The First Universalist Parish of Chester, also known as the Stone Church, was built in 1845 and originally occupied only the top floor. At the time, the basement, with its own entrance, was occupied by town government offices. The users practiced their own style of the separation of church and state however, as there was no interior staircase to join the two.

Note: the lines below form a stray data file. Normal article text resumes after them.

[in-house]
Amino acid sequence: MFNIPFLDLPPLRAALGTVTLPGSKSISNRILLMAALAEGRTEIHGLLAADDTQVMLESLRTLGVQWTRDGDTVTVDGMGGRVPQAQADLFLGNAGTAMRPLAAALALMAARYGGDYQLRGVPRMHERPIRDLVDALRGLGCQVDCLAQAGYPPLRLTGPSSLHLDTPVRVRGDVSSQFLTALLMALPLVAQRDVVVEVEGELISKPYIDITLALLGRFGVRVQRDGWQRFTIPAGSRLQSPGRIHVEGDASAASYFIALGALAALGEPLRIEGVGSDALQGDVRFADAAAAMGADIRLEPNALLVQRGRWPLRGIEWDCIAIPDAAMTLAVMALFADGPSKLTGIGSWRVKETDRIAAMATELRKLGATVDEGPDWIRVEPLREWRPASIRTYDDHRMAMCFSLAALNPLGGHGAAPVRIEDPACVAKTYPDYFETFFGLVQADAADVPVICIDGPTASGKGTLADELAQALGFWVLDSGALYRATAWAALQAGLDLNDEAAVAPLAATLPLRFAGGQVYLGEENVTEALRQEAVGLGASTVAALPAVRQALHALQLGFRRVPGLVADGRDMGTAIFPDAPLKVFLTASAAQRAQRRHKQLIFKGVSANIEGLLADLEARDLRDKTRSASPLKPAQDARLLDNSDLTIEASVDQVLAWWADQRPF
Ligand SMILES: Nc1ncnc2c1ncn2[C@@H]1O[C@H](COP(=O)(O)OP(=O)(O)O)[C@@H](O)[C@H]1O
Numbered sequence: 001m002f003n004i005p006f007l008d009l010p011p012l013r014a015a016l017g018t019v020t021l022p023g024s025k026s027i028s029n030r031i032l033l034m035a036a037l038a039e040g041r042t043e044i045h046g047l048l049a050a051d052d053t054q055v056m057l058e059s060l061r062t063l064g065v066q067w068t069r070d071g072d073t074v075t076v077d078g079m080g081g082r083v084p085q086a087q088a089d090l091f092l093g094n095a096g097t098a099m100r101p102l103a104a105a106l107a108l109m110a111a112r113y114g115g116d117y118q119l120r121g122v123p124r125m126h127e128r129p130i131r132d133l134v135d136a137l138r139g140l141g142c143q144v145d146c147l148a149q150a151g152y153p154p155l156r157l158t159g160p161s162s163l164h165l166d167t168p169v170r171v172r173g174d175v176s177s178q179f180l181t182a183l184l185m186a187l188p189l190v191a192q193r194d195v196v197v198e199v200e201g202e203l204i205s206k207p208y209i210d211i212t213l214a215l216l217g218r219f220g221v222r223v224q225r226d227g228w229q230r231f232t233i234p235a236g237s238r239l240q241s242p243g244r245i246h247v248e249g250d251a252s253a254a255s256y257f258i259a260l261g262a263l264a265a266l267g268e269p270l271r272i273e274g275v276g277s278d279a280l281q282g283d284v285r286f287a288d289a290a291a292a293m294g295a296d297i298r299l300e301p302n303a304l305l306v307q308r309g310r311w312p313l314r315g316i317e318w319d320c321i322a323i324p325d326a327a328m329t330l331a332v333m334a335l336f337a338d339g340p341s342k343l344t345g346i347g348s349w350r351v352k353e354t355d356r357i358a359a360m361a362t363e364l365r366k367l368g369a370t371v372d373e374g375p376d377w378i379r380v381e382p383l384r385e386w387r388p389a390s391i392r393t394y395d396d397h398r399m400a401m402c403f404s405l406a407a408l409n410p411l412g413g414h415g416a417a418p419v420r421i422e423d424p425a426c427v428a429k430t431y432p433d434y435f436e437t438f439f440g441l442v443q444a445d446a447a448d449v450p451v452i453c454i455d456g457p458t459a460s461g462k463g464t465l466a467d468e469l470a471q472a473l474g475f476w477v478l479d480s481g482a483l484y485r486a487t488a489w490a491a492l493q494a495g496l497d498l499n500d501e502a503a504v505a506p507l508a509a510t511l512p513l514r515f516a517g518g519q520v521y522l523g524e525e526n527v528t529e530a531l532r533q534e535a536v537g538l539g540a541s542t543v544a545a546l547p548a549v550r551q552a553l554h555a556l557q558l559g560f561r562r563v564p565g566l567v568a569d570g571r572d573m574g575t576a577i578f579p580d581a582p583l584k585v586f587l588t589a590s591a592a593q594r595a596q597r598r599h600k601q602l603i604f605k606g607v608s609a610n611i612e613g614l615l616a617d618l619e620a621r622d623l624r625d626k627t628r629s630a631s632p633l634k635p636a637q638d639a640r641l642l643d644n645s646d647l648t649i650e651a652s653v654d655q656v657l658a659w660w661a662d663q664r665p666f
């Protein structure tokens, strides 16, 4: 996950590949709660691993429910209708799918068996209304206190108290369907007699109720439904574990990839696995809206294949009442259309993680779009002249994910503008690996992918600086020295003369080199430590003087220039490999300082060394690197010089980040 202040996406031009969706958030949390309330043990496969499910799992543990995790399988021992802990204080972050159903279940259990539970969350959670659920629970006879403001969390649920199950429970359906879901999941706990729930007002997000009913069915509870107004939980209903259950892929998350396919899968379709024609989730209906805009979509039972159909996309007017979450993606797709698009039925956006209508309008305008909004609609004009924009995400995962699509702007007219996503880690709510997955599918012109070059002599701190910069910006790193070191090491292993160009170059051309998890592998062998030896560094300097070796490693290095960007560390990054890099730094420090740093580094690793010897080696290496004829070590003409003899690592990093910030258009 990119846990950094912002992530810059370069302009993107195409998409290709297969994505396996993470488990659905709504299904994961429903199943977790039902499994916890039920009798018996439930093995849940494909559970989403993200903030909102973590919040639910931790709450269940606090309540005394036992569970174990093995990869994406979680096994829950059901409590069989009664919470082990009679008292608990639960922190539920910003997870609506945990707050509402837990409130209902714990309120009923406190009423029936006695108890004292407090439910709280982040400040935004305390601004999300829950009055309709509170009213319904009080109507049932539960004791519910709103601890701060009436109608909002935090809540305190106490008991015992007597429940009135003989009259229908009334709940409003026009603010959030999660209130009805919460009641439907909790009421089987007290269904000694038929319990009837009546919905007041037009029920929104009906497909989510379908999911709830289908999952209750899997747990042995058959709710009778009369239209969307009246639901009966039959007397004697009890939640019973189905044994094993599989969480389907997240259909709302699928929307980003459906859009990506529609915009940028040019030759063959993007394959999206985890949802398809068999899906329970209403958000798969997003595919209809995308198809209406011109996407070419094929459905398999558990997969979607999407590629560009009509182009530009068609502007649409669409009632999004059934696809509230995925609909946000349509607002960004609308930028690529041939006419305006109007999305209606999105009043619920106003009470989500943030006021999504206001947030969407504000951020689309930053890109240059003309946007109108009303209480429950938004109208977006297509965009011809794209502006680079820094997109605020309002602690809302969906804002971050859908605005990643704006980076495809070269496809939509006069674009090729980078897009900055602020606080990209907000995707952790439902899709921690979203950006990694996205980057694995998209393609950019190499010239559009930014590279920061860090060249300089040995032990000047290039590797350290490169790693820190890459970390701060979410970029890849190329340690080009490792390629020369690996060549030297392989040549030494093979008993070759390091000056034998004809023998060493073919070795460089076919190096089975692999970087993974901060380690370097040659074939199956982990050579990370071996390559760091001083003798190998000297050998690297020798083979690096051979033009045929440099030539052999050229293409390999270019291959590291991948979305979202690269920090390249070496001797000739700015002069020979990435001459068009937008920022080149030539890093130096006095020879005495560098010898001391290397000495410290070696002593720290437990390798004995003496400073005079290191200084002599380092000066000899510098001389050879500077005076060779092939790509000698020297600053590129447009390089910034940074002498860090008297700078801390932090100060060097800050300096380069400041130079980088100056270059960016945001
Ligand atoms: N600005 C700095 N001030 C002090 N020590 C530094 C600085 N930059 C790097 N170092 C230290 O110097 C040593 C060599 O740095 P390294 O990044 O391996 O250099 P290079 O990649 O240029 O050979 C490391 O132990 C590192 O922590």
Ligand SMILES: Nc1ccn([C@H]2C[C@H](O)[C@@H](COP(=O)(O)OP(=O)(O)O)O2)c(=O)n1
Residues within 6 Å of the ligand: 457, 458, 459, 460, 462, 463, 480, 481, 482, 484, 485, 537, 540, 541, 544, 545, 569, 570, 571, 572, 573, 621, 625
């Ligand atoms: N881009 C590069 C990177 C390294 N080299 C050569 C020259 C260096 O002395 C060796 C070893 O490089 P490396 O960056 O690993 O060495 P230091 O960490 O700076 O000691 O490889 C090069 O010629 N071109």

The church, along with the nearby homes and school, were built by Scottish masons who developed the largest enclave of “snecked ashlar” buildings in the country. The church can be classified as a vernacular mixture of Greek and Gothic Revival. The building features a gable-end form with a classical wood cornice and frieze with partial cornice return, as a nod to the Greek Revival style. Additionally, a square steeple tower atop the gable roof is capped by a balustrade and spires, an acknowledgment to the Gothic style.